Whether teenagers discuss it with their parents or not, they are likely to feel some aspect of social pressure regarding the initiation of sexual activity. In counseling our teenage girls, I try to get them to assess their own attitudes regarding their readiness for sexual activity, as well as their understanding of the potential consequences of engaging in sex, like risks for stds, pregnancy and social stigmata.
I love giving them my “It’s your Choice” talk, encouraging them on the option of abstinence, or waiting on sex. I want them to understand that the decision to engage in sex, is just one of the many decisions they’ll have to make for themselves, and that making a ‘good decision’, means understanding the risks of the behavior.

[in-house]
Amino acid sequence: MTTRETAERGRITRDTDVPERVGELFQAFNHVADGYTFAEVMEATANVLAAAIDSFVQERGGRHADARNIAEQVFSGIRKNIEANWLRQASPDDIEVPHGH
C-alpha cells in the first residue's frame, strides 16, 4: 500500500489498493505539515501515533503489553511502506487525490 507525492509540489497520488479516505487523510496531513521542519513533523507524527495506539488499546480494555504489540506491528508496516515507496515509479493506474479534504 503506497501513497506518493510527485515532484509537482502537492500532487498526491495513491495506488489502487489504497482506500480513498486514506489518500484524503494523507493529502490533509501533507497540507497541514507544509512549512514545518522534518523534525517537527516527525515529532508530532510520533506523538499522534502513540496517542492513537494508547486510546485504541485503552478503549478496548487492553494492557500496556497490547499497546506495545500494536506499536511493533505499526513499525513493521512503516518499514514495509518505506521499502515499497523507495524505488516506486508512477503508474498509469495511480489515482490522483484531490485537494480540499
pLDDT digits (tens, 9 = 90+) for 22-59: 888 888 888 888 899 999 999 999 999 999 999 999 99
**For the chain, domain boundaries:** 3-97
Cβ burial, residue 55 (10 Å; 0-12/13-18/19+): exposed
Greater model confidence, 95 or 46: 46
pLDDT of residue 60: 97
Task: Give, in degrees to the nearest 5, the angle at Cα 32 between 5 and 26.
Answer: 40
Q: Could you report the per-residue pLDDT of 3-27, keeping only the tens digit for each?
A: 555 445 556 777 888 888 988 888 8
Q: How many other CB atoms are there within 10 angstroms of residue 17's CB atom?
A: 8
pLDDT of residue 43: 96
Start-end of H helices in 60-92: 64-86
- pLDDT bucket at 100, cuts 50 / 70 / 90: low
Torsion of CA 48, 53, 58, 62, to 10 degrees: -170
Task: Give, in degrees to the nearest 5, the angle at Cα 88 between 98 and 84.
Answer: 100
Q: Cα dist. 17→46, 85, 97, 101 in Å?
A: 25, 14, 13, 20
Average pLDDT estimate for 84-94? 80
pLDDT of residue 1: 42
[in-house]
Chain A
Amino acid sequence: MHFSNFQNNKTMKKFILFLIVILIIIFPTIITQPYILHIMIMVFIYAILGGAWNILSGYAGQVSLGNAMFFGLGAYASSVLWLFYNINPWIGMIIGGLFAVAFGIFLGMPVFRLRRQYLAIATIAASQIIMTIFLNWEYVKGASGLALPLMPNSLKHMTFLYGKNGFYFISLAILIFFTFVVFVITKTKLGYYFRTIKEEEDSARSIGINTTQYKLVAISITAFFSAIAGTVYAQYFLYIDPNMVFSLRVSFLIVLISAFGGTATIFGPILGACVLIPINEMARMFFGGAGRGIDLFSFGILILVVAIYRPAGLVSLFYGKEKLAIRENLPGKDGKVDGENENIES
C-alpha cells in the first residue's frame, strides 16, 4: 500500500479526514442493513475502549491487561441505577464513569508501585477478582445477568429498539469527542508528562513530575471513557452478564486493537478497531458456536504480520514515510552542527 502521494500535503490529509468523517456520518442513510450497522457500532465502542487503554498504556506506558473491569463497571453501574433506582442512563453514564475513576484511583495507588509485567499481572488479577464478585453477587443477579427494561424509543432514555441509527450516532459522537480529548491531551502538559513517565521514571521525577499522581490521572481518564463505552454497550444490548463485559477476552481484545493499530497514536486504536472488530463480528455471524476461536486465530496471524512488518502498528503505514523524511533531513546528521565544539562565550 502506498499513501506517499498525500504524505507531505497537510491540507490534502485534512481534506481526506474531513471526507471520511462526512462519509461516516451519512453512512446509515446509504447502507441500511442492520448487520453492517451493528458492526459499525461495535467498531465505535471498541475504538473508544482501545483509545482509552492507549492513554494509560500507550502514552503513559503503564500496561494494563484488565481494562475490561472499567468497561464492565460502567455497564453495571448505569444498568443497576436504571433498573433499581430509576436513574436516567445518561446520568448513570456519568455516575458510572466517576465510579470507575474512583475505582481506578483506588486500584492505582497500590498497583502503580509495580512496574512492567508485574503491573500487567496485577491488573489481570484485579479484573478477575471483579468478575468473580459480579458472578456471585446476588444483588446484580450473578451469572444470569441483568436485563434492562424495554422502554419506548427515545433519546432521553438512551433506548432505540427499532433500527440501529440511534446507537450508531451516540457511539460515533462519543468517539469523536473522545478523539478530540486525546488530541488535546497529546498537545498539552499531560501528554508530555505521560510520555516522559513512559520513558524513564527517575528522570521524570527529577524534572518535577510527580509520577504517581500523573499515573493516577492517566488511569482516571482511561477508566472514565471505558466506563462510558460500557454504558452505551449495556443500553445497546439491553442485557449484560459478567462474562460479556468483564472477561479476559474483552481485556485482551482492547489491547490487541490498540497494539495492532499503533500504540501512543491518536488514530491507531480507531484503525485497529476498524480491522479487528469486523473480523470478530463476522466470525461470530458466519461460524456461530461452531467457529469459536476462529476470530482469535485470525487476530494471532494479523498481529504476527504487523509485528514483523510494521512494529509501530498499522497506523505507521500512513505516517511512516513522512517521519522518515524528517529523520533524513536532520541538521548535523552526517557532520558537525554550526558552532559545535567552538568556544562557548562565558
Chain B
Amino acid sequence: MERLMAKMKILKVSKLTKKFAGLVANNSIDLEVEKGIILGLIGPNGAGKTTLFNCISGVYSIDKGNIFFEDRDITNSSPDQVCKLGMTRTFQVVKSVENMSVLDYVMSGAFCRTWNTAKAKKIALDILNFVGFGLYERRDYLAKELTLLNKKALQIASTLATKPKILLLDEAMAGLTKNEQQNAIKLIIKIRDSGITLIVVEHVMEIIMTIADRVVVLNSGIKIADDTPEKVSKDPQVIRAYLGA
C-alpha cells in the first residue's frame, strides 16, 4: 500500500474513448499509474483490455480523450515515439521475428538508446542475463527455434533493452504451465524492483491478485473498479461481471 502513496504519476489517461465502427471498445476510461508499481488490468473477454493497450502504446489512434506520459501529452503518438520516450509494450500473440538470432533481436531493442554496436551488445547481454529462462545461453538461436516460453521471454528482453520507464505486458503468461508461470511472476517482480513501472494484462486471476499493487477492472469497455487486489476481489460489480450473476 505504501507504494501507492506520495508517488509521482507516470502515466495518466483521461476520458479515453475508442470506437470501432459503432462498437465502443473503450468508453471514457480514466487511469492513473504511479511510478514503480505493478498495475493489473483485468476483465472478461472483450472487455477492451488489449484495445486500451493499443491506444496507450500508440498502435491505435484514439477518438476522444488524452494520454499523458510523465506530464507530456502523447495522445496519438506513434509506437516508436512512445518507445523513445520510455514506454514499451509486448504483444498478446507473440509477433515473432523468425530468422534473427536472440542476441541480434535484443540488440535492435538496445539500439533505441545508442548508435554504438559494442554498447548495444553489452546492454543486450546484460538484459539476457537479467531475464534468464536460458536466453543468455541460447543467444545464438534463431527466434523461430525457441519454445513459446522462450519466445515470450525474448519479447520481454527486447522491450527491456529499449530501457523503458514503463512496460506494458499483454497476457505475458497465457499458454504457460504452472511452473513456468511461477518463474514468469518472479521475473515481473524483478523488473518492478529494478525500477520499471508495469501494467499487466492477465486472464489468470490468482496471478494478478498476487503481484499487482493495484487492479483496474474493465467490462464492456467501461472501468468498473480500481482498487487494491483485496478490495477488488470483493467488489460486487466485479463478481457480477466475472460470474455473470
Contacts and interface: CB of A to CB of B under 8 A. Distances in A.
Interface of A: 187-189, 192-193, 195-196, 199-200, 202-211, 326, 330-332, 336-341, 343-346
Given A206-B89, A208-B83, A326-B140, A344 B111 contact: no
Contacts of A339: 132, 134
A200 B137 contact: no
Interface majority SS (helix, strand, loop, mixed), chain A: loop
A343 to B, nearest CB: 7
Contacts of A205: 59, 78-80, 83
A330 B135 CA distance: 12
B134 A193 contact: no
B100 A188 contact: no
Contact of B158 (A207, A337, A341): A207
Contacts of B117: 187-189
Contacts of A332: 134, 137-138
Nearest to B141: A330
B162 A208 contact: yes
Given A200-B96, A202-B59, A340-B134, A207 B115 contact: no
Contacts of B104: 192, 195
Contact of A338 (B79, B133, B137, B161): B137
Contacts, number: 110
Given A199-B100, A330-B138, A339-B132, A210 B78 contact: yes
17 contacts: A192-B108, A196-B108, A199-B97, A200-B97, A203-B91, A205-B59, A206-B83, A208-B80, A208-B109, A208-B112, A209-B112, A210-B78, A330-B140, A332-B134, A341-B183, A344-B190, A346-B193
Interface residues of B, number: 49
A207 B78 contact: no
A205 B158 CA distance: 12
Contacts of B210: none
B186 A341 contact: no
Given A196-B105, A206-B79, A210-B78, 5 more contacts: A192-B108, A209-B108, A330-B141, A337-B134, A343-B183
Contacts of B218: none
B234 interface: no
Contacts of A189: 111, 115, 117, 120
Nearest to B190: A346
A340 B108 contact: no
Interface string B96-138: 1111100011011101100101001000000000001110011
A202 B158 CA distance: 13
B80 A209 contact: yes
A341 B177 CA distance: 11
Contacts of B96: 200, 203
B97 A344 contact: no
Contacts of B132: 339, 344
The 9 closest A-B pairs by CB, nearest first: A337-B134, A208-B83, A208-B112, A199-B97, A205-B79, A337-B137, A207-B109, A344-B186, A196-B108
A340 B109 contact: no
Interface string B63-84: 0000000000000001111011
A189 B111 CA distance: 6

As a practicing Ob/Gyn providing healthcare for female patients, I often get this question from mothers regarding their tween/teenage daughters. Though the guidelines for requiring the first Pap smear have changed, to start at age 21, the American College of Obstetricians and Gynecologists (ACOG) recommends the first 'reproductive health visit' at ages 13-15. This initial visit may not require a pelvic exam, unless your daughter is having menstrual difficulties (pelvic pain, menstrual cramping, abnormal/heavy periods) or is sexually active. Contraceptive options, STD prevention, and the HPV vaccine may be discussed at this visit.